Did I read somewhere that there was a shortage of bees, caused by a serious virus, but the bee population is recovering?

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    1. You've got me interested, Michelle. I've been studying via YouTube all evening and I am going to get some books . . . gosh I could do with some honey right now . . :)

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    2. Eddie, I apologize for my late reply. I have found beekeeping to be fascinating. I studied during the winter months, a few years ago, and got my first hive in the early spring. I have found Italian bees gentler to work with than some others. I enjoy checking the hive and seeing the bees at work. So much to learn, but I love it! I hope you will give it a go!

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    3. I would have thought the Italians might be a tad more excitable . . . lol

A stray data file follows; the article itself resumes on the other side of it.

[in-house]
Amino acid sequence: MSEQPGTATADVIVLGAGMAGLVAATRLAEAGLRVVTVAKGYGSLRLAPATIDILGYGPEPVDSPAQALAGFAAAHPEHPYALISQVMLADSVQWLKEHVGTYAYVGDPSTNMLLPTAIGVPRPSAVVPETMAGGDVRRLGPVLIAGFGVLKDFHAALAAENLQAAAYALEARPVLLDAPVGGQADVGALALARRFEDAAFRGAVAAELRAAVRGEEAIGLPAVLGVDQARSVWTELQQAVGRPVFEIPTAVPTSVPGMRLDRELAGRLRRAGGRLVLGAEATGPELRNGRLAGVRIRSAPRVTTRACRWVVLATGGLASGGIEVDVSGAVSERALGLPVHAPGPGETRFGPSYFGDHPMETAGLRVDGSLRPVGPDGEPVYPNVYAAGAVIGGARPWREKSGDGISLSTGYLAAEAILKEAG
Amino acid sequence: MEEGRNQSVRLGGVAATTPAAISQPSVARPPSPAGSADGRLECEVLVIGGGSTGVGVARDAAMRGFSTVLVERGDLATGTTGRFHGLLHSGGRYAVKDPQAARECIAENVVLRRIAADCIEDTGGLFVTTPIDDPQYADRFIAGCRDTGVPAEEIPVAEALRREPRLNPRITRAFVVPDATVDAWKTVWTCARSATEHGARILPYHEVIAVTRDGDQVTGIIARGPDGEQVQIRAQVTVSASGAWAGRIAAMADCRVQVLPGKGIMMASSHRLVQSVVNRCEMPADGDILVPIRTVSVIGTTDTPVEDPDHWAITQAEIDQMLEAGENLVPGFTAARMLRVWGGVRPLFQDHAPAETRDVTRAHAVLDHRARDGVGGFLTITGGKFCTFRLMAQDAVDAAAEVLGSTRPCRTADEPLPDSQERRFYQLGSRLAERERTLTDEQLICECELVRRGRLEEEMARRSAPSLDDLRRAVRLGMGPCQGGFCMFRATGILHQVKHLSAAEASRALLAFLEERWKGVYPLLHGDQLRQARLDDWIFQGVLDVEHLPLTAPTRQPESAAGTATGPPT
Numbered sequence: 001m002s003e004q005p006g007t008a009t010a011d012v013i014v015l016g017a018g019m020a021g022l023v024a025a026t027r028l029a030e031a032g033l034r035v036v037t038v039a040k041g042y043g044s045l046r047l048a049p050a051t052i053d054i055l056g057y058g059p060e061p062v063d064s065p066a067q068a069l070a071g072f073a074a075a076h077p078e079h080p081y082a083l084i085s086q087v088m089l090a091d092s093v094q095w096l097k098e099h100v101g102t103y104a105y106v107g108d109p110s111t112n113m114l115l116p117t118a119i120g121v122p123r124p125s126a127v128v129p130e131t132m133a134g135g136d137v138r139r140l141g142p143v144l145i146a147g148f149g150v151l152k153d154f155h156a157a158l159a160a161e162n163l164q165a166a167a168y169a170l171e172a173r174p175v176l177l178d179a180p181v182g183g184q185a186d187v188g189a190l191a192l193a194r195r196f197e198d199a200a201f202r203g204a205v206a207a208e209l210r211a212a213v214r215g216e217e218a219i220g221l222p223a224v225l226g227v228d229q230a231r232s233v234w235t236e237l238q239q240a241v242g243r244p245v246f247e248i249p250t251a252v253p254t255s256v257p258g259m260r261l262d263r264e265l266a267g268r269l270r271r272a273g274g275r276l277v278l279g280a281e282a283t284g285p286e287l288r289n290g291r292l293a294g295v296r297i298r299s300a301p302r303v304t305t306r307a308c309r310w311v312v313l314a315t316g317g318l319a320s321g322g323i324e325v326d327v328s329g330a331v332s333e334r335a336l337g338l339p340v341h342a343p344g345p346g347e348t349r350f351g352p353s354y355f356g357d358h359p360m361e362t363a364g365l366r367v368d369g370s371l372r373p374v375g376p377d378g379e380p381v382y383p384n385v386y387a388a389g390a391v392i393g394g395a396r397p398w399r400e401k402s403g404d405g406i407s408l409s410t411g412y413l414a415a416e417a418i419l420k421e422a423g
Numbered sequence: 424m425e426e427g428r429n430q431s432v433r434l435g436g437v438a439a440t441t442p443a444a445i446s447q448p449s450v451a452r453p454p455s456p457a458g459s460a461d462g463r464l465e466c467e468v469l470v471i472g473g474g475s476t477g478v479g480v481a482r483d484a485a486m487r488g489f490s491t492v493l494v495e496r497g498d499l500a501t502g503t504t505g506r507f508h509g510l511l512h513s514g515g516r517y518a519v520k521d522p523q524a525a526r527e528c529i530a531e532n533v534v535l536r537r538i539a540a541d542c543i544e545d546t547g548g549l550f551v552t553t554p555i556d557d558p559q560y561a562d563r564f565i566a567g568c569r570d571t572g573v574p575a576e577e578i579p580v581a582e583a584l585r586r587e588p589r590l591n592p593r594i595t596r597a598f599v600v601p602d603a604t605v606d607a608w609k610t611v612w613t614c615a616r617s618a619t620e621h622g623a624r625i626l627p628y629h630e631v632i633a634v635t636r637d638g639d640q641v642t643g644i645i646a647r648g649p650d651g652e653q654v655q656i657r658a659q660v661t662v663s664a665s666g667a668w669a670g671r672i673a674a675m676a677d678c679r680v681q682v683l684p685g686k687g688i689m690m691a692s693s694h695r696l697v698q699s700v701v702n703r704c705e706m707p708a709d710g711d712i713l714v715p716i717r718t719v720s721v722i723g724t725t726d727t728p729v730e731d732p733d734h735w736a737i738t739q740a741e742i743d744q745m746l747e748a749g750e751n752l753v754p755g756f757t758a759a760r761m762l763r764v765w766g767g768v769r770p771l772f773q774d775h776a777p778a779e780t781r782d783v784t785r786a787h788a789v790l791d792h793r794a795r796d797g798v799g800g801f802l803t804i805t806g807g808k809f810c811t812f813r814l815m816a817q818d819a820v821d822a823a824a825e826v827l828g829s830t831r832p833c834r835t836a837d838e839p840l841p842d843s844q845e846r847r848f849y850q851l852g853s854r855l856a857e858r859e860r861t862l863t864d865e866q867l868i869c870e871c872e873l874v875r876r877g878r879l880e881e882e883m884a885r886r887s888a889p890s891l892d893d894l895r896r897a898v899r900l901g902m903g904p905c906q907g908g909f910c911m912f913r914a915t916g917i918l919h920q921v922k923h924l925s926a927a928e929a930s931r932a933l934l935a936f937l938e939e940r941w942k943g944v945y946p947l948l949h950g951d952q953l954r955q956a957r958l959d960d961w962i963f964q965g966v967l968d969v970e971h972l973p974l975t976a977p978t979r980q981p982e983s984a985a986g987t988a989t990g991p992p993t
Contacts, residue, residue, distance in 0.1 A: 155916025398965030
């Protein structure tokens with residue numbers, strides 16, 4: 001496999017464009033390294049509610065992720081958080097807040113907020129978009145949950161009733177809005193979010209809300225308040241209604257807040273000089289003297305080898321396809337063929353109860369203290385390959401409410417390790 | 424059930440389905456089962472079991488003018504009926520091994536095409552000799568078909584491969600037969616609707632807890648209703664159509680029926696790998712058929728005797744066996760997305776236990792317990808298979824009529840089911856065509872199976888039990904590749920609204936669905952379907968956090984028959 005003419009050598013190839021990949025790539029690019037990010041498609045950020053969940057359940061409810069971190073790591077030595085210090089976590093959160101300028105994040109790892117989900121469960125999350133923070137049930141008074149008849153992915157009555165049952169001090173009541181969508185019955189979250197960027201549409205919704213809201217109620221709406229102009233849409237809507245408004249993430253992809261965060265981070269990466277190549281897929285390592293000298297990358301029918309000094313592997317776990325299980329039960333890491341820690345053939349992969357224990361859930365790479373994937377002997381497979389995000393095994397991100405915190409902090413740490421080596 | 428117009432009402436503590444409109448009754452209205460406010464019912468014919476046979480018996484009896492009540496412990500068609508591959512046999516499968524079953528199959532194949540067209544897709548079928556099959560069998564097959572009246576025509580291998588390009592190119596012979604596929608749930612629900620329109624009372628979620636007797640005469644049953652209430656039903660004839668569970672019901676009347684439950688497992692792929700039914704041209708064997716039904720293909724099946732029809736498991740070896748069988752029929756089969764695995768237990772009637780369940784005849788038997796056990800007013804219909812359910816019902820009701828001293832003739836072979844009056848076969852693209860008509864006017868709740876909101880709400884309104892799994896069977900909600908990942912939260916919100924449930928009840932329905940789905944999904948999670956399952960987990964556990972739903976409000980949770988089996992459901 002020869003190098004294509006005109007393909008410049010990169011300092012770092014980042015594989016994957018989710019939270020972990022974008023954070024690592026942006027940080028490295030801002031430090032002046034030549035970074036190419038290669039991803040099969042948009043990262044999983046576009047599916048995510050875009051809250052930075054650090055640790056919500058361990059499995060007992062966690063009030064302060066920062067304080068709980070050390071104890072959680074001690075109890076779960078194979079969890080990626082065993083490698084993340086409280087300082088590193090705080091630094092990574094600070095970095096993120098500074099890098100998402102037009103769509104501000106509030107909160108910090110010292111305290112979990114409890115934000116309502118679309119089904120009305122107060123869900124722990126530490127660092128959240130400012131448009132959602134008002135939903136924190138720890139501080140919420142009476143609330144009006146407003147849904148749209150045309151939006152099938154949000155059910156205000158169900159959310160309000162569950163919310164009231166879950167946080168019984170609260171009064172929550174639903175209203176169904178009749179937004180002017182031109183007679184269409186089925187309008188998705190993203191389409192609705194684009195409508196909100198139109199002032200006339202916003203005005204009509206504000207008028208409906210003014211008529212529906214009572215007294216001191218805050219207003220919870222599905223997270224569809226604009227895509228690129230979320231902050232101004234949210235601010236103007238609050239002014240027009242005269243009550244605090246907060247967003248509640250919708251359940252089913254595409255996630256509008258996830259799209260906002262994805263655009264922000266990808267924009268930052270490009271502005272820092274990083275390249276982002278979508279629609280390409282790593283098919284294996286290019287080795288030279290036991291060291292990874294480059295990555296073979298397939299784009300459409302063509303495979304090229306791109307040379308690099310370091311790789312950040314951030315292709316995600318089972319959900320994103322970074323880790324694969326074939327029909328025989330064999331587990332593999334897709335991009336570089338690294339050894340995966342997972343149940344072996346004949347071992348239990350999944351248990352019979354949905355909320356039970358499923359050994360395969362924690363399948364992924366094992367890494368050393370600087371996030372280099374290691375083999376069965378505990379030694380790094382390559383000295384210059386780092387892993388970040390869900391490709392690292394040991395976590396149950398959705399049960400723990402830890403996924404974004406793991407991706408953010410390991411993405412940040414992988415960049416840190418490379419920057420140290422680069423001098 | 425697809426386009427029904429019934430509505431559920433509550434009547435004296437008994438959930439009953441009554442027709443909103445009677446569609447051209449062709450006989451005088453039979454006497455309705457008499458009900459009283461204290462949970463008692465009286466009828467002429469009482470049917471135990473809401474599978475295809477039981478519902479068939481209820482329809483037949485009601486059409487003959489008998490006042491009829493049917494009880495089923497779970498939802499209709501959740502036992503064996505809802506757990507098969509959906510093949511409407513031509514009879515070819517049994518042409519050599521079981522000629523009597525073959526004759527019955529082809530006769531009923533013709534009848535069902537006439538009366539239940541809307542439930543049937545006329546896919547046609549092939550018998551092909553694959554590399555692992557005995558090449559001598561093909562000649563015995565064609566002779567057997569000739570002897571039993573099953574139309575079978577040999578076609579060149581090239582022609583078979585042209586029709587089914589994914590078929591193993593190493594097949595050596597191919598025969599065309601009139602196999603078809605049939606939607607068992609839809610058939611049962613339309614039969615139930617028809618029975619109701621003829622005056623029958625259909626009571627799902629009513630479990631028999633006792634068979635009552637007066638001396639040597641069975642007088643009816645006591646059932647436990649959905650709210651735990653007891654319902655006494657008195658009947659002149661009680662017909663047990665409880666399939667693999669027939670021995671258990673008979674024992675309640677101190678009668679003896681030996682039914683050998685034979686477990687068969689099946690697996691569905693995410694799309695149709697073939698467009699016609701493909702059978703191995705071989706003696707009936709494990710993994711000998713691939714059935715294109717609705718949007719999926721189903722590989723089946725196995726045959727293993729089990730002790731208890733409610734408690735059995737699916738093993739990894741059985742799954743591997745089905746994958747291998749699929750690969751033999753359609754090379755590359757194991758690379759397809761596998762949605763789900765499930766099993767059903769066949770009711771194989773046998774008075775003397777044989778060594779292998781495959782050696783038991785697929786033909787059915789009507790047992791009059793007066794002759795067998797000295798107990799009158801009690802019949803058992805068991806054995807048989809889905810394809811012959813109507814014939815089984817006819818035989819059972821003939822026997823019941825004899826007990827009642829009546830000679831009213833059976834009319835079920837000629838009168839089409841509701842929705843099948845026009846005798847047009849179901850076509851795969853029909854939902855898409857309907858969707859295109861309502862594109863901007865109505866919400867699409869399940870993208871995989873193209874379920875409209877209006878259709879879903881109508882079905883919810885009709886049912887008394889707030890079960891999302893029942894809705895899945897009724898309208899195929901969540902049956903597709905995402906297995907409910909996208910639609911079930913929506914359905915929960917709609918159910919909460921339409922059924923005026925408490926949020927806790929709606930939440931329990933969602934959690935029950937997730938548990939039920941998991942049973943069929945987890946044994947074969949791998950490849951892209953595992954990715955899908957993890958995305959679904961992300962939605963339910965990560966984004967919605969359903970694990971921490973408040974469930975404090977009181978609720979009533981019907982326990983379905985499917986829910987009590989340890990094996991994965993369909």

A fascinating study. . . . :)

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  9. Oh good. I am proud of you, Michelle.
    I am sooo into bees, and have been helping my 80-year-old friend, Joy Stinger (real name)
    manage and harvest her 80 hives for the past few years.
    They are so remarkable, so important.
    Keep us updated.

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  10. May your bees be happy, healthy, prolific, and productive! Wonderful explanation and photos of the release.

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  11. Oh, my, scary stuff there. You are amazing, I would not go near that hive. Fascinating how it all works, thanks for the info. Happy honey hunting.

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  12. I find this so fascinating. Good luck!